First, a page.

mardi 7 juillet 2015

Saint PANTANEUS d'ALEXANDRIE (ou PANTÈNE le Sicilien), Docteur de l'Église

Pantène, le sicilien

Père de l’Église, Saint
IIIe siècle

 Pantène, digne des temps apostoliques, florissait dans le second siècle de l'Église. Il était Sicilien de naissance et faisait profession de la philosophie stoïcienne. Son éloquence l'a fait appeler, par Clément d'Alexandrie, l’Abeille de Sicile. L'amour qu'il avait pour la vertu lui inspira de l'estime pour les chrétiens, et il se lia étroitement avec quelques-uns d'entre eux. Frappé de l'innocence et de la sainteté de leur vie, il se désabusa des superstitions du paganisme et ouvrit les yeux à la lumière de l'Évangile.
 Après sa conversion, il étudia les livres saints, sous les disciples des Apôtres. Pour en acquérir une plus parfaite intelligence, il alla fixer sa demeure à Alexandrie, en Égypte. Il y avait dans cette ville une célèbre école où l'on enseignait la doctrine chrétienne, et qui devait son établissement aux disciples de saint Mare.
 Pantène fit de rapides progrès dans la science des saintes lettres; mais il cachait par humilité ses rares talents. On les découvrit bientôt malgré lui, et on le tira de l'obscurité dans laquelle il avait cherché à vivre inconnu. Il fut mis à la tète de l'école des chrétiens, quelque temps avant l'an 179 de Jésus-Christ, qui était la première du règne de l'empereur Commode. Sa capacité, jointe à l'excellente méthode qu'il suivait en enseignant, lui acquit une réputation dont ne jouirent jamais les plus fameux philosophes. Ses leçons, qui étaient un composé du suc des fleurs qu'il ramassait dans les écrits des prophètes et dans ceux des Apôtres, portaient la lumière de la science et l'amour de la vertu dans les âmes de tous ceux qui venaient l'entendre. C'est le témoignage que lui rend Clément d'Alexandrie, un de ses disciples.
 Les Indiens que le commerce attirait à Alexandrie, eurent occasion de connaître saint Pantène. Ils le prièrent de passer dans leur pays pour y combattre la doctrine des brachmanes par celle de Jésus-Christ. Il se rendit à leurs instances , quitta son école, et partit pour les Indes, avec la permission de son évêque, qui l'établit prédicateur de l'Évangile pour les nations orientales. En arrivant dans les Indes, il y trouva quelques semences de la foi qui y avaient été jetées précédemment. Il y vit aussi un livre de l'Évangile de saint Matthieu, en hébreu, qui avait été laissé dans le pays par saint Barthélemy. Étant revenu à Alexandrie quelques années après, il y apporta ce livre avec lui.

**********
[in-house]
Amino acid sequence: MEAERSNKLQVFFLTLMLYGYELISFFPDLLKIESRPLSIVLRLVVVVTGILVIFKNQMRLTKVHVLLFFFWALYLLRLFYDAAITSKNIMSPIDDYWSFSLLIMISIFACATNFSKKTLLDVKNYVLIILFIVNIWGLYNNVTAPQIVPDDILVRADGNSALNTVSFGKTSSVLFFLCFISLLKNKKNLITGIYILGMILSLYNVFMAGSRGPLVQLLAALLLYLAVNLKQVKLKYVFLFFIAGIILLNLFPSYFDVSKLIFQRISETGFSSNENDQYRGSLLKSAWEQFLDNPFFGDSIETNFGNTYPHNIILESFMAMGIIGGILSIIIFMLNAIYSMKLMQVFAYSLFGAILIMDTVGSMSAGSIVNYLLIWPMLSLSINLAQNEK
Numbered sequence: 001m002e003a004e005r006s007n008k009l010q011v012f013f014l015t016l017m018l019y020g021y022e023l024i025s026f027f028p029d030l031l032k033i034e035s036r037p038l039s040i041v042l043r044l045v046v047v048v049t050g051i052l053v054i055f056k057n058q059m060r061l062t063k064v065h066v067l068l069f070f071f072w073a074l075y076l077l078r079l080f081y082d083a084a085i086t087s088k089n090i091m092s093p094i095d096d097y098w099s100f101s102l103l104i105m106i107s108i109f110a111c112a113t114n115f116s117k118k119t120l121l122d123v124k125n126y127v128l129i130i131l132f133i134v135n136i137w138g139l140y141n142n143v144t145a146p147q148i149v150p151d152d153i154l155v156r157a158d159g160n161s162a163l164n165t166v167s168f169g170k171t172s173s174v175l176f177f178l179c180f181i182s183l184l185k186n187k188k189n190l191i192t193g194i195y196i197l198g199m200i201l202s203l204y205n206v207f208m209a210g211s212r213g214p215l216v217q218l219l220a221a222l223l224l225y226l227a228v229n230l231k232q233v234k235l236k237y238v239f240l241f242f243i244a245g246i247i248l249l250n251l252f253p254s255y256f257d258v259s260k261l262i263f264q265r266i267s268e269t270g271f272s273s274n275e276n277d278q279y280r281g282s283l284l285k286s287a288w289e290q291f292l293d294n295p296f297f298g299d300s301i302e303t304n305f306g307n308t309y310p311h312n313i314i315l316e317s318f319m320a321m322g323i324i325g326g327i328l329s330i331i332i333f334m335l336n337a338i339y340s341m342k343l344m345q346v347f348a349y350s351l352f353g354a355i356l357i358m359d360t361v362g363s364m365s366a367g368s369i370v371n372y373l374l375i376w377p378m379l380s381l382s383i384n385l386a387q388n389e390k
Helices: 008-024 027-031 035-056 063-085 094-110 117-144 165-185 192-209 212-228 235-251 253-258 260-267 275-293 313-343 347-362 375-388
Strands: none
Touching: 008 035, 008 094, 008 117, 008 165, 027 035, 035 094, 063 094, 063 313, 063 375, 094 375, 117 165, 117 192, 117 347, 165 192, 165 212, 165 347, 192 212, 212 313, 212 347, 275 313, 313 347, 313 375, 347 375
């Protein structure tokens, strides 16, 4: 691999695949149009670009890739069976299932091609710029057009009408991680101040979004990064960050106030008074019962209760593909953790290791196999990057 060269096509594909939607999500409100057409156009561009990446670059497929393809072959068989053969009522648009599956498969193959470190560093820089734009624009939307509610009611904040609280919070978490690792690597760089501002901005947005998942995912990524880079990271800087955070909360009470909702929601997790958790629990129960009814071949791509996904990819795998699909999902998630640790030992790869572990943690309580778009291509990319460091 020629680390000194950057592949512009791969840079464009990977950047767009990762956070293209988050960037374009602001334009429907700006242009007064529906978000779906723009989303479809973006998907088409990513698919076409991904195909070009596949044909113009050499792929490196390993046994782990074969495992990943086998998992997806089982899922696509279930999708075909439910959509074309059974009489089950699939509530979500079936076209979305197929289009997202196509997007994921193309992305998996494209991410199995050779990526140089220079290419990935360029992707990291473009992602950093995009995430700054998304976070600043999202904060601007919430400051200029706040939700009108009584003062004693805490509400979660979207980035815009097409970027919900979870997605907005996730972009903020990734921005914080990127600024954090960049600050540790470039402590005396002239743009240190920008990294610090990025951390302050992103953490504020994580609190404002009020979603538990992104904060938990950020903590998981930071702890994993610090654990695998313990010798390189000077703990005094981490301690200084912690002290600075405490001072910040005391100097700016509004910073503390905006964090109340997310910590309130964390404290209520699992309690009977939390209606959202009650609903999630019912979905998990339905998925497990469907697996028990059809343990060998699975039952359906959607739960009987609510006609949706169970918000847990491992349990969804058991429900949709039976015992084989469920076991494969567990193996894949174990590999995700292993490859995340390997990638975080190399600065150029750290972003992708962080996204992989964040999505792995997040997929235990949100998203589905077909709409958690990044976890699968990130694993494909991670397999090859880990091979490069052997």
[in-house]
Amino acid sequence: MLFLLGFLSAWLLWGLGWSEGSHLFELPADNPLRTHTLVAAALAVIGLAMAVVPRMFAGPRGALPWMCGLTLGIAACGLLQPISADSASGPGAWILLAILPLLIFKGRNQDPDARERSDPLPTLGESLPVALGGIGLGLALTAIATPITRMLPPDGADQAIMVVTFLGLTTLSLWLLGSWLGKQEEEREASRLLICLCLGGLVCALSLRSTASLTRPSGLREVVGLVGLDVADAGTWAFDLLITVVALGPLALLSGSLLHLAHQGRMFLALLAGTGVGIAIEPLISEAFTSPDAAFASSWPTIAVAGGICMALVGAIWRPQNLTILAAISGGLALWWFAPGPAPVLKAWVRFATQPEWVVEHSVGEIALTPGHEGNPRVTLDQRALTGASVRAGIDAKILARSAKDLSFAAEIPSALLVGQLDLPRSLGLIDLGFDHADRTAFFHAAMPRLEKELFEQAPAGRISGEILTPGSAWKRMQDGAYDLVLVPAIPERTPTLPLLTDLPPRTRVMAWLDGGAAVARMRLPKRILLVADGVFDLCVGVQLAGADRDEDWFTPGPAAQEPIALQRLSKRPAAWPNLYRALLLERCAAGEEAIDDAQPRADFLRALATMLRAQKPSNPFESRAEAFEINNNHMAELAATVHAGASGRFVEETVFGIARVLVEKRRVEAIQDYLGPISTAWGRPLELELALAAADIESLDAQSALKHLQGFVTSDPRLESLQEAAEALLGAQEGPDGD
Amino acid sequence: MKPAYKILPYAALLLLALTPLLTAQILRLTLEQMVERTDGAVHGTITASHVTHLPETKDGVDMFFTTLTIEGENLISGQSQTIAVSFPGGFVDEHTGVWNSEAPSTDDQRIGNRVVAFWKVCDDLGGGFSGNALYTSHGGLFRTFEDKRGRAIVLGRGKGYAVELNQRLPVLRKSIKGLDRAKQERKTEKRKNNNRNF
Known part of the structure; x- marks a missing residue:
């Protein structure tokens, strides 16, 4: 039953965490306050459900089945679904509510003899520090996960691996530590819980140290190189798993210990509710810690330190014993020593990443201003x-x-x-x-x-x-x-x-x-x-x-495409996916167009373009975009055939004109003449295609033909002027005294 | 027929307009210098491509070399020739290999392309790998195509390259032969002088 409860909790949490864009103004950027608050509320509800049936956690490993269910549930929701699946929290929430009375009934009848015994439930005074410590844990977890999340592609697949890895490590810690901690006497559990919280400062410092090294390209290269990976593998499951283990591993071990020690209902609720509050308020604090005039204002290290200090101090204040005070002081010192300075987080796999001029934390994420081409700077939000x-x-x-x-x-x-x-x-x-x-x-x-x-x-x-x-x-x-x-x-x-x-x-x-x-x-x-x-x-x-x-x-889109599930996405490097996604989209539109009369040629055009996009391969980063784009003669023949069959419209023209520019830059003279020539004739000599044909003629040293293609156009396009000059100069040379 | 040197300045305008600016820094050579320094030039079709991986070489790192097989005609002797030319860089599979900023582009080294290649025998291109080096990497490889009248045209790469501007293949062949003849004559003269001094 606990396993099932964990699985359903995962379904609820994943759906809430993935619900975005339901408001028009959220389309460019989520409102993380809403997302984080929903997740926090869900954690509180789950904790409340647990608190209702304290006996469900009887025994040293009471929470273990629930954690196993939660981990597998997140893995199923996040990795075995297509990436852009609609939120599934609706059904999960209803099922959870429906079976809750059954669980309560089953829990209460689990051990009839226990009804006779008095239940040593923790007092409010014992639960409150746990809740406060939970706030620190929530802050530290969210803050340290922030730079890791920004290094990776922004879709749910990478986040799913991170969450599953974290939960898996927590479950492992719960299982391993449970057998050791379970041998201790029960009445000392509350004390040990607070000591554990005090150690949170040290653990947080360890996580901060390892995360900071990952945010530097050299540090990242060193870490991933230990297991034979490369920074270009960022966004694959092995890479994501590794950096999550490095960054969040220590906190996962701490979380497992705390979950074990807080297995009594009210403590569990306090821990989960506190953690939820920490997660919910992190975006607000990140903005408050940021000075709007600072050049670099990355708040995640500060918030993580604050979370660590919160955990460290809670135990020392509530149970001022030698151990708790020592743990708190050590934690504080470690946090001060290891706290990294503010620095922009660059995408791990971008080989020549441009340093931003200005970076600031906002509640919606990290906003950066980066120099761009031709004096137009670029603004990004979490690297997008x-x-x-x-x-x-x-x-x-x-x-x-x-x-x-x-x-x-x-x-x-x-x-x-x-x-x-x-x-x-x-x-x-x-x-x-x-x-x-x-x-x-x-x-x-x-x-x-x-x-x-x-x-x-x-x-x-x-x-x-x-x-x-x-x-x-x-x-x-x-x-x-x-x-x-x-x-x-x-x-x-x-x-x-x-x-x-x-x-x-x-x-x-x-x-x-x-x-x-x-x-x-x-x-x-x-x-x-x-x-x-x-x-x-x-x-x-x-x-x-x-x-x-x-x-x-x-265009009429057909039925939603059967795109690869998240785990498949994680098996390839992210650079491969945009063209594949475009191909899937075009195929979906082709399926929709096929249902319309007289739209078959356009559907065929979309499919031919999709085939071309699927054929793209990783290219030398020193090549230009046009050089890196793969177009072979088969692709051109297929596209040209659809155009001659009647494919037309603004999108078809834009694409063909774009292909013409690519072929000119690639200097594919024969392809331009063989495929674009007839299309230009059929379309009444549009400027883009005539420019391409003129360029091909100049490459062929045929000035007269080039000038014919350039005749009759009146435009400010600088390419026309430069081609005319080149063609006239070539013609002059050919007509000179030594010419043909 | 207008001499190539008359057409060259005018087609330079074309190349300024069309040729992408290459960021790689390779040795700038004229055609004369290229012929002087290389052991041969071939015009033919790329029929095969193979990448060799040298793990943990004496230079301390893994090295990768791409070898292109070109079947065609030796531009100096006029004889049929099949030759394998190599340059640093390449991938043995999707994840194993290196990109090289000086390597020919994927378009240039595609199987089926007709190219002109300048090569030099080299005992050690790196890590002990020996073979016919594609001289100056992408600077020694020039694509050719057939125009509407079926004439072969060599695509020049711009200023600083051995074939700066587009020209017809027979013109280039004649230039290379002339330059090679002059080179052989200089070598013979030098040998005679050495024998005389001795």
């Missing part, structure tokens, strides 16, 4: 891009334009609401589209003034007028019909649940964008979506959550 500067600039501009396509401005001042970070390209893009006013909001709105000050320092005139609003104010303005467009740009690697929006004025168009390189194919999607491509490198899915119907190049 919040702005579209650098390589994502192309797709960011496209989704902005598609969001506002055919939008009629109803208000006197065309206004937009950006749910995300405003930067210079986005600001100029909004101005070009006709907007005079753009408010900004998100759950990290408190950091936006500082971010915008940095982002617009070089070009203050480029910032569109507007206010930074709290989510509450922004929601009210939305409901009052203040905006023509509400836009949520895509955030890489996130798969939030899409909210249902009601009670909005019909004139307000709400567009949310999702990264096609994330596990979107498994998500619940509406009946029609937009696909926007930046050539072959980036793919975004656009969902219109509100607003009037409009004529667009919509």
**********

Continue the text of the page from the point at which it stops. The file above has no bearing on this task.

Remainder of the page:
L'école de cette ville était alors gouvernée par le célèbre Clément. Saint Pantène continua toujours d'enseigner; mais il ne le lit plus qu'en particulier. Il exerça cet emploi jusqu'au règne de Caracalla, et, par conséquent, jusqu'avant l'année 216. On lit sou nom sous le 7 de juillet dans tous les martyrologes d'Occident.
SOURCE : http://nouvl.evangelisation.free.fr/pantene_le_sicilien.htm

Pantène ou Panthène : Philosophe stoïcien, il se convertit au christianisme puis fonda le célèbre centre d'enseignement de philosophie et de théologie connu sous le nom d'École d'Alexandrie ( avec Saint Clément d'Alexandrie et Origène ).

Nominis

Commémoraison de saint Panthène d’Alexandrie, homme apostolique, rempli de science et de sagesse ; il eut tant de zèle et d’amour pour la parole de Dieu qu’il alla, dit-on, prêcher l’Évangile du Christ, dans l’ardeur de sa foi et de son dévouement, jusqu’aux extrémités de l’Orient; puis revenu à Alexandrie, il y reposa dans la paix, sous Antonin Caracalla, vers 215.